Vitamin E, Essential oils and preservative

Vitamin E is an optional ingredient. It is an antioxidant that extends shelf-life of the carrier oils used in the recipe. 

Essential oils. I used Lavender essential oil. Feel free to use any essential oil or combination of oils that you like. The essential oils in this recipe are for the scent only. Since you are not going to be massaging this DIY conditioner into the scalp, essential oils will not deliver any benefits, apart from the lovely smell.

Preservative. This DIY hair conditioner recipe contains water and aloe vera, which means a preservative is a must. Without it, your homemade conditioner will only last a couple of days. Liquid Germall Plus is a good choice for DIY beauty recipes. It is a broad-spectrum and easy-to-use preservative that’s effective in small amounts. It has a recommended usage of 0.1–0.5%, but since our homes are not very sterile, I would recommend using 0.5%.

moisturizing DIY hair conditioner with aloe vera

How to make a hair conditioner for dry hair

If you had a chance to make a face cream or a body lotion before, you will find this process almost the same. If not, don’t worry, it’s quite simple. The main thing you need to know is that there are 3 stages to this recipe: 1. Heating up water-soluble and oil-soluble ingredients separately. 2. Combining water- and oil-soluble ingredients together. 3. Letting the emulsion cool down and adding heat sensitive ingredients. Now let’s go through the process step by step:

1. Prepare a water bath. Take a sauté pan or a pot, pour in some water (about 3cm/1″) and bring it to simmer over low heat.

2. Weigh the water and aloe vera and pour into a small heat-resistant cup. Weigh the BMTS-50, Broccoli seed oil, and Macadamia oil and add to a second heat-resistant cup. Place both cups in the water bath to melt everything through.

melting oils and bmts-50 in water bath to make hair conditioner

3. Once BMTS-50 has melted, keep both cups at 70C/160F for about 20 min. Make sure the ingredients in both cups are more or less the same temperature and combine them together.

mixing DIY hair conditioner with spatula

4. Whisk the mixture while it cools. I recommend using an immersion blender for this as it will mix your hair conditioner evenly. Mix for a minute, then let it cool for a bit, then mix again until the conditioner cools down and thickens.

using immersion blender to mix DIY conditioner for hair

5. Wait till your DIY hair conditioner has cooled down to below 45C/110F (or when the glass container is barely warm to the touch) and add Panthenol, vitamin E, essential oils and preservative. Mix well and leave to completely cool down. 

6. Transfer to the jar or a bottle with a pump and enjoy. Use as a regular conditioner with every wash. Leave on the hair for 5 minutes or longer and rinse off.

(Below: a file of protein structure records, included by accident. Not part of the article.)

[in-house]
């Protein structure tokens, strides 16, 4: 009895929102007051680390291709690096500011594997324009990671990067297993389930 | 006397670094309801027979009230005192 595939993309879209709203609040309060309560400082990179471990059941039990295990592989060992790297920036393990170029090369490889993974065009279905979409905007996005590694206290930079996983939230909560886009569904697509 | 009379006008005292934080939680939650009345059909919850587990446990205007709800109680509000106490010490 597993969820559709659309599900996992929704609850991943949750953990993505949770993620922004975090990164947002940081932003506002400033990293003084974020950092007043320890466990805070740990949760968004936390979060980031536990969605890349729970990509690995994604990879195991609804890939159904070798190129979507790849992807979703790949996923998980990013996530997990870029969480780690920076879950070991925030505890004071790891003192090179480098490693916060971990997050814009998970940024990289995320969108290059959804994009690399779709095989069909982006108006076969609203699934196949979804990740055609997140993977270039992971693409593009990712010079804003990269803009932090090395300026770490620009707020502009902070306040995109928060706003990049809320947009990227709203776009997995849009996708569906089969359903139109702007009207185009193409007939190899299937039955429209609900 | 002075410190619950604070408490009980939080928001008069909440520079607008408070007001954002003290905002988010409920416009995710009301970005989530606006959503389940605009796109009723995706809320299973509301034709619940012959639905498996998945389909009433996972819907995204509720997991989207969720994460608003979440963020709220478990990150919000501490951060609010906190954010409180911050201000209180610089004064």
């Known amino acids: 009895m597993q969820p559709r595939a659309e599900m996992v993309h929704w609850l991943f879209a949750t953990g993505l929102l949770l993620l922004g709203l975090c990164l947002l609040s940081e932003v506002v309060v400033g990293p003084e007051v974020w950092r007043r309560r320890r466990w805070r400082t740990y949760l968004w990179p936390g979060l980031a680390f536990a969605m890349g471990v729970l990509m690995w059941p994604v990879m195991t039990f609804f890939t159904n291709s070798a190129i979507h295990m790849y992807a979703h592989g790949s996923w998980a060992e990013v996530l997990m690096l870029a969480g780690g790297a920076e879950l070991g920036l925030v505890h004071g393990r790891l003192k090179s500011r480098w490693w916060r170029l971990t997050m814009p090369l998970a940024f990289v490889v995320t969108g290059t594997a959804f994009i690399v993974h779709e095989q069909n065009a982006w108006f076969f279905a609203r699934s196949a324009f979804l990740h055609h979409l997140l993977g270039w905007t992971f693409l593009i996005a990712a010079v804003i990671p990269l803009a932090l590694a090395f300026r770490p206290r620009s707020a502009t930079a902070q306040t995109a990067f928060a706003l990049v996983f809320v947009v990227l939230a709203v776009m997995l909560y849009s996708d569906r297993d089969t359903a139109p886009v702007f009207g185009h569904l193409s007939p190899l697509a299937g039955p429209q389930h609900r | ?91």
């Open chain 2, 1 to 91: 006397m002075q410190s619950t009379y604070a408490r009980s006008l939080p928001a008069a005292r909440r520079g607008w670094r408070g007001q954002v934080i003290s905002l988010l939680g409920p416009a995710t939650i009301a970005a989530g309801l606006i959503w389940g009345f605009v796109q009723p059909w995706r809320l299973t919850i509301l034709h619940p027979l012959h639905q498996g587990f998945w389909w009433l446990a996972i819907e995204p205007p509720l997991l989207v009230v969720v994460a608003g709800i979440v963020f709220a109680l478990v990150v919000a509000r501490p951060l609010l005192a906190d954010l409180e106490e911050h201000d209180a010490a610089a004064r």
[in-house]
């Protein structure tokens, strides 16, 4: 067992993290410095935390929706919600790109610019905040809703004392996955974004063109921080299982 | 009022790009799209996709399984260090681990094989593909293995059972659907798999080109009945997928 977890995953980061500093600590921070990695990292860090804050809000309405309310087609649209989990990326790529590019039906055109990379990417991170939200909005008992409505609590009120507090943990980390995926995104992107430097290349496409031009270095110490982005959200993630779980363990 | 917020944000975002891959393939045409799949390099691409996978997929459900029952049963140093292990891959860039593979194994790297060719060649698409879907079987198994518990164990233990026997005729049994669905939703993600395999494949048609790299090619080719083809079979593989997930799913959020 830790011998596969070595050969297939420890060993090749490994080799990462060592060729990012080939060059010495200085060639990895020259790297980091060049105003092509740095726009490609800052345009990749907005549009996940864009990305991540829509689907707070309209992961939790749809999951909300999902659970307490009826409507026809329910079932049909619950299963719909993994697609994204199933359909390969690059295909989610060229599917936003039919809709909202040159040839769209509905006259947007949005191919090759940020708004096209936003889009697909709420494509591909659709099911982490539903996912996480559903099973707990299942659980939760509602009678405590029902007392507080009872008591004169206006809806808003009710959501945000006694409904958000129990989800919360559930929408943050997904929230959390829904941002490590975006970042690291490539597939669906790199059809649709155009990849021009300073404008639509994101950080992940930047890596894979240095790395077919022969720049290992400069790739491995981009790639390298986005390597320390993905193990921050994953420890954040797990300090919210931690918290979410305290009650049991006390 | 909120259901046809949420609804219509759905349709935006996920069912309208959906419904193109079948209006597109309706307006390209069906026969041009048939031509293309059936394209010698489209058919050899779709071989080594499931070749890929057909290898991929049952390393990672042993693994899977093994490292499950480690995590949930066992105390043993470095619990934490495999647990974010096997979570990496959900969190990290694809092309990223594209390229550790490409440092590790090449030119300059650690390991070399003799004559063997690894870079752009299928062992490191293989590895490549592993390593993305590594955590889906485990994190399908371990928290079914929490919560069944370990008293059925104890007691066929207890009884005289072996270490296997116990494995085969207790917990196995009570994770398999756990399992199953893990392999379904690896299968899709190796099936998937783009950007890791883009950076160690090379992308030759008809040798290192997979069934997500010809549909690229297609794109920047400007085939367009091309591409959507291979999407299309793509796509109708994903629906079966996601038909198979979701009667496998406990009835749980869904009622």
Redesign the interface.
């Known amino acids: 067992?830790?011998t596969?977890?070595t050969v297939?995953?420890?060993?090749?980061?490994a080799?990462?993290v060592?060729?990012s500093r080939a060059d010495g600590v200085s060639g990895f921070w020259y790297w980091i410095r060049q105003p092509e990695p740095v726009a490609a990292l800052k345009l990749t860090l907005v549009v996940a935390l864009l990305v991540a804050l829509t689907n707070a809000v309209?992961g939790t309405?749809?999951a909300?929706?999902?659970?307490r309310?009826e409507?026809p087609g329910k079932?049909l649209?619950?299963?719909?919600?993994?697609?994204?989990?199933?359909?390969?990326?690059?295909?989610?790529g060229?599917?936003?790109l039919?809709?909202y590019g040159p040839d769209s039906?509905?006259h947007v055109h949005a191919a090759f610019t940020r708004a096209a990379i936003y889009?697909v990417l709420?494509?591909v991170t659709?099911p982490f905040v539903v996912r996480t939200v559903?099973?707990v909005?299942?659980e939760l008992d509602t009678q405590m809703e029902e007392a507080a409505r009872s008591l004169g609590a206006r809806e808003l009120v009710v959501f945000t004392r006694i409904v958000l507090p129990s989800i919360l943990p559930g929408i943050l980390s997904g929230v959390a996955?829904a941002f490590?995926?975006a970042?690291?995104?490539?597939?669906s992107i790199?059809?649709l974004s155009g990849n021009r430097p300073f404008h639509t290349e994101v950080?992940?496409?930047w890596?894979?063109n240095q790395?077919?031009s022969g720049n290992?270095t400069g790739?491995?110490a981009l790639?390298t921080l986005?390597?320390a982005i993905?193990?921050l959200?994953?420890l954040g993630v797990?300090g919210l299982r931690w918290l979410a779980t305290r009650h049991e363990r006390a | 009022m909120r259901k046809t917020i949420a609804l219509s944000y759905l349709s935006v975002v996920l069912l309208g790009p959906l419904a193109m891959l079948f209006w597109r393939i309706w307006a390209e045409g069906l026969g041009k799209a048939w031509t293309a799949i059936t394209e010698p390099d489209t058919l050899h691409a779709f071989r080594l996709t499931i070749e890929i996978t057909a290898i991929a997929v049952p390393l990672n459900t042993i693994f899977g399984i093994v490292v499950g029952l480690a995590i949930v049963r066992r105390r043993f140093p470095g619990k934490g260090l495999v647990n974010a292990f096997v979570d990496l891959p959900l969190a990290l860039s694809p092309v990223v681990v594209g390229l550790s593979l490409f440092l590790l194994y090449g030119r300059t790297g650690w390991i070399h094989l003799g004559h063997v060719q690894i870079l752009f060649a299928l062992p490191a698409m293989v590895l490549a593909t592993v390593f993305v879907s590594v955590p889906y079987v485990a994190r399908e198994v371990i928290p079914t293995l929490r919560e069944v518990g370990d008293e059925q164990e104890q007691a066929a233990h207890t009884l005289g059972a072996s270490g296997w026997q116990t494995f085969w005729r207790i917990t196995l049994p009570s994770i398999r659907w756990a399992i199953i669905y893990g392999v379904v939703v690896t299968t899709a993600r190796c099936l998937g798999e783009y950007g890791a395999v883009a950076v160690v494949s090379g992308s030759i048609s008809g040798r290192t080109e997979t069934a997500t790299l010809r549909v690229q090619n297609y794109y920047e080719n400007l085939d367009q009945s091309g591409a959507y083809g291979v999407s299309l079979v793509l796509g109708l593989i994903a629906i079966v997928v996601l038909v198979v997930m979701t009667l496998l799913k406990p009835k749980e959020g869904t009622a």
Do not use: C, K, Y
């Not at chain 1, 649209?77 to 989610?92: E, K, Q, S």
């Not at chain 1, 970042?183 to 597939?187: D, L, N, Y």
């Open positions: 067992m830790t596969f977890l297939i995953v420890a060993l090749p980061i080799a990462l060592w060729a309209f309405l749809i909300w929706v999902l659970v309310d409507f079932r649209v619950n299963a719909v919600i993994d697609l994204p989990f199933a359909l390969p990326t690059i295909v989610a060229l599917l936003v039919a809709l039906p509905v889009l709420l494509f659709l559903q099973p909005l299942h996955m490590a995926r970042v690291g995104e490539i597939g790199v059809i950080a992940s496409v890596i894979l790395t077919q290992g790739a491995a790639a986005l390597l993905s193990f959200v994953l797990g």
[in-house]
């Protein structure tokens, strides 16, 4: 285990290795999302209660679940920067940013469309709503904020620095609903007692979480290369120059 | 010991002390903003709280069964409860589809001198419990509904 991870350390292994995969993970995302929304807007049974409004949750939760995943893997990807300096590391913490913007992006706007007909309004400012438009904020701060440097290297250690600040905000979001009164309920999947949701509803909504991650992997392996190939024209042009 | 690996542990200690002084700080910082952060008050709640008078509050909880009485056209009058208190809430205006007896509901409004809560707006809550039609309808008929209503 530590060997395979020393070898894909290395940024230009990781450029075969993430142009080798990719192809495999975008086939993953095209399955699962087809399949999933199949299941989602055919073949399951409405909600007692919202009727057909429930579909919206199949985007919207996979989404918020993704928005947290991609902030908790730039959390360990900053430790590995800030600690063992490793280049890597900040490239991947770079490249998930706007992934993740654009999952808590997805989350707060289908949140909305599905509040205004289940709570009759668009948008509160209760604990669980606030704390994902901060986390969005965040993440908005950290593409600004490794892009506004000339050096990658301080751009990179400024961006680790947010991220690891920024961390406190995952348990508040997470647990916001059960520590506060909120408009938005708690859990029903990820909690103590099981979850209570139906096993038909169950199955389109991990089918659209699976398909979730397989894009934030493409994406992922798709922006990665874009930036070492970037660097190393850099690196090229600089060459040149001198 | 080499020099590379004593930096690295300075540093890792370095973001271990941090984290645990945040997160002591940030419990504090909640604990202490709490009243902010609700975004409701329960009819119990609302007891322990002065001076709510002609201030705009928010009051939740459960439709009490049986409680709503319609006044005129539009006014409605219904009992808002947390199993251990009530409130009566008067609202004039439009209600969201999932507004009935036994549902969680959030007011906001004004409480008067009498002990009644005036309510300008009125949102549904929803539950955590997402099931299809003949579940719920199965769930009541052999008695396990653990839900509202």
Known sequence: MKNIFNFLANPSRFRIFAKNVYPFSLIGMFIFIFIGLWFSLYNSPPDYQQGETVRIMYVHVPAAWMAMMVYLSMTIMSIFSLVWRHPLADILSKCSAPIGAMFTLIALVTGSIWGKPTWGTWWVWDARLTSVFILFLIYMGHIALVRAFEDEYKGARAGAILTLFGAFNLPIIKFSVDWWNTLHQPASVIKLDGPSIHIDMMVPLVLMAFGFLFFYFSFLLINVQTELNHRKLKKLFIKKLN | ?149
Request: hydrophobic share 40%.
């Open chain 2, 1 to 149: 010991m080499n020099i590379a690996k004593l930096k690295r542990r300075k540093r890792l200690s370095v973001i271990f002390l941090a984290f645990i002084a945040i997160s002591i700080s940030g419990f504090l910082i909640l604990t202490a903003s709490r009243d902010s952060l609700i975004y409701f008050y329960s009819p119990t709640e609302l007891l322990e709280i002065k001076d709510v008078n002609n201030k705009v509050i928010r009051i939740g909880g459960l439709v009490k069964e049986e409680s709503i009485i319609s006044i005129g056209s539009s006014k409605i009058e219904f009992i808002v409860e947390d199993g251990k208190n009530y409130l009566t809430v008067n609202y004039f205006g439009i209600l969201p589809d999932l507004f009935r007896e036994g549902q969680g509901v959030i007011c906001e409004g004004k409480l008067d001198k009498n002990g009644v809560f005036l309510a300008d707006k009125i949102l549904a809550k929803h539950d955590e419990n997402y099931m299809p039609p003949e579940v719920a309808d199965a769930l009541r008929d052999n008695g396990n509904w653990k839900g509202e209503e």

moisturizing aloe vera diy conditioner for hair that is dry next to towel and hair brush

Let me know what you think in the comments below. Also, what is your biggest hair concern? I am looking for ideas for my next hair care recipe.

5 thoughts on “Moisture Boosting DIY Hair Conditioner for Dry Hair

  • February 28, 2019 at 12:38 pm

    Any idea how long it should take to thicken up? I made mine yesterday and it’s still super runny…

    • March 2, 2019 at 3:33 am

      Hi Angela,
      It should have thickened up by now. I cannot tell without seeing your conditioner but this formula will create a thinner, more runny product than most commercial conditioners. As I mentioned in the post I wanted it to be lightweight, so it wouldn’t weigh down even fine hair. However, it still suppose to thicken up to be creamy and easy to apply. If you feel that the texture is maybe too runny to be used in a jar but would work well with a pump bottle then your conditioner is about right. Removing some water from the recipe and replacing it with oils and BTMS-50 would make it thicker.

      • January 29, 2020 at 7:24 pm

        I really love the detailed listing & description as well as all the benefits that can be derived from the Homemade Conditioner. I’m also impressed by your detailed discussion to simplify the complicated procedure. Thank you so much for all these relevant information

  • June 19, 2020 at 1:52 am

    Hi this looks really good. Should I use the aloevera gel fresh from the plant? What sort of stores can I buy the ingredients from? I’m in New Zealand I’ve never attempted to make anything like this before and I’ll only consider doing it if you know if it would be successful on fine and terribly frizzy wavy hair? Thanks in advance.

    • June 7, 2023 at 7:26 am

      I have all of the ingredients, but no way to measure, could you convert your measurements to teaspoons and cups? Thank you